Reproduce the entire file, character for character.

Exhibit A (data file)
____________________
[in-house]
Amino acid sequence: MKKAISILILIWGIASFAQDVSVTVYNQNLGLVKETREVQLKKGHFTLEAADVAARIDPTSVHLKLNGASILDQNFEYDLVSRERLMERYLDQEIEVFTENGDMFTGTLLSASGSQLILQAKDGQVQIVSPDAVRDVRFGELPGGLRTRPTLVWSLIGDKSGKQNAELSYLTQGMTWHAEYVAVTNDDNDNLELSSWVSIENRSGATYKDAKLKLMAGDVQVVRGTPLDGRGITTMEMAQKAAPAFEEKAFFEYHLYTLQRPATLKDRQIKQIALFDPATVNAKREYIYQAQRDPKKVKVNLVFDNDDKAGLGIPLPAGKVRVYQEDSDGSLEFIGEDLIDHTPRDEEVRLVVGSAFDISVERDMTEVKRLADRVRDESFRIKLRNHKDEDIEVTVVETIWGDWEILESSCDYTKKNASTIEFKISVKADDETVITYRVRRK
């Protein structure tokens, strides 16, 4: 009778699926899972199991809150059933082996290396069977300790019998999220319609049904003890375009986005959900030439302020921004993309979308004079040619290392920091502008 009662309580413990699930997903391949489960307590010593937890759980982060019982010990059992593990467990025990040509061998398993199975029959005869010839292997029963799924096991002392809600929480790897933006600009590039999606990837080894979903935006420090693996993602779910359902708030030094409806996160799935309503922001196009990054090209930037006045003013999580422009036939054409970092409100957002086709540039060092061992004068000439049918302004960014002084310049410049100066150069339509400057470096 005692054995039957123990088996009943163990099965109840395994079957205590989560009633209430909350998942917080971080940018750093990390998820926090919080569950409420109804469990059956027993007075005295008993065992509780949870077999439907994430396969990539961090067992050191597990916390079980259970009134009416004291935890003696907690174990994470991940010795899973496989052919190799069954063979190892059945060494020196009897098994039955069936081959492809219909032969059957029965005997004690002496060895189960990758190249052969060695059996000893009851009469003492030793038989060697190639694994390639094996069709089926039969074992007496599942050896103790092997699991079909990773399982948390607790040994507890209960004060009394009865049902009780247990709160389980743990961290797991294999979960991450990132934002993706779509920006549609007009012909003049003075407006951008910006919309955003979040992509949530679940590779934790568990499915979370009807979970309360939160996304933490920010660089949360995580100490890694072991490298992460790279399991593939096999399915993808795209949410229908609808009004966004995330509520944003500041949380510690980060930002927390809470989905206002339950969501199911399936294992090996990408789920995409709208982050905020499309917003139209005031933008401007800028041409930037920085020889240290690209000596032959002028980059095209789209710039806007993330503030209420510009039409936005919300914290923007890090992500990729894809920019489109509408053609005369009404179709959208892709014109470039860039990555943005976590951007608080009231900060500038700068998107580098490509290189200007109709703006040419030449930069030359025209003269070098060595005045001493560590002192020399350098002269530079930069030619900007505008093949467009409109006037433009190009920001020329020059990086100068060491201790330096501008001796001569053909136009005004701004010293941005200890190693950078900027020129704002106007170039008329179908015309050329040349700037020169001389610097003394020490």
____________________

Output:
[in-house]
Amino acid sequence: MKKAISILILIWGIASFAQDVSVTVYNQNLGLVKETREVQLKKGHFTLEAADVAARIDPTSVHLKLNGASILDQNFEYDLVSRERLMERYLDQEIEVFTENGDMFTGTLLSASGSQLILQAKDGQVQIVSPDAVRDVRFGELPGGLRTRPTLVWSLIGDKSGKQNAELSYLTQGMTWHAEYVAVTNDDNDNLELSSWVSIENRSGATYKDAKLKLMAGDVQVVRGTPLDGRGITTMEMAQKAAPAFEEKAFFEYHLYTLQRPATLKDRQIKQIALFDPATVNAKREYIYQAQRDPKKVKVNLVFDNDDKAGLGIPLPAGKVRVYQEDSDGSLEFIGEDLIDHTPRDEEVRLVVGSAFDISVERDMTEVKRLADRVRDESFRIKLRNHKDEDIEVTVVETIWGDWEILESSCDYTKKNASTIEFKISVKADDETVITYRVRRK
């Protein structure tokens, strides 16, 4: 009778699926899972199991809150059933082996290396069977300790019998999220319609049904003890375009986005959900030439302020921004993309979308004079040619290392920091502008 009662309580413990699930997903391949489960307590010593937890759980982060019982010990059992593990467990025990040509061998398993199975029959005869010839292997029963799924096991002392809600929480790897933006600009590039999606990837080894979903935006420090693996993602779910359902708030030094409806996160799935309503922001196009990054090209930037006045003013999580422009036939054409970092409100957002086709540039060092061992004068000439049918302004960014002084310049410049100066150069339509400057470096 005692054995039957123990088996009943163990099965109840395994079957205590989560009633209430909350998942917080971080940018750093990390998820926090919080569950409420109804469990059956027993007075005295008993065992509780949870077999439907994430396969990539961090067992050191597990916390079980259970009134009416004291935890003696907690174990994470991940010795899973496989052919190799069954063979190892059945060494020196009897098994039955069936081959492809219909032969059957029965005997004690002496060895189960990758190249052969060695059996000893009851009469003492030793038989060697190639694994390639094996069709089926039969074992007496599942050896103790092997699991079909990773399982948390607790040994507890209960004060009394009865049902009780247990709160389980743990961290797991294999979960991450990132934002993706779509920006549609007009012909003049003075407006951008910006919309955003979040992509949530679940590779934790568990499915979370009807979970309360939160996304933490920010660089949360995580100490890694072991490298992460790279399991593939096999399915993808795209949410229908609808009004966004995330509520944003500041949380510690980060930002927390809470989905206002339950969501199911399936294992090996990408789920995409709208982050905020499309917003139209005031933008401007800028041409930037920085020889240290690209000596032959002028980059095209789209710039806007993330503030209420510009039409936005919300914290923007890090992500990729894809920019489109509408053609005369009404179709959208892709014109470039860039990555943005976590951007608080009231900060500038700068998107580098490509290189200007109709703006040419030449930069030359025209003269070098060595005045001493560590002192020399350098002269530079930069030619900007505008093949467009409109006037433009190009920001020329020059990086100068060491201790330096501008001796001569053909136009005004701004010293941005200890190693950078900027020129704002106007170039008329179908015309050329040349700037020169001389610097003394020490």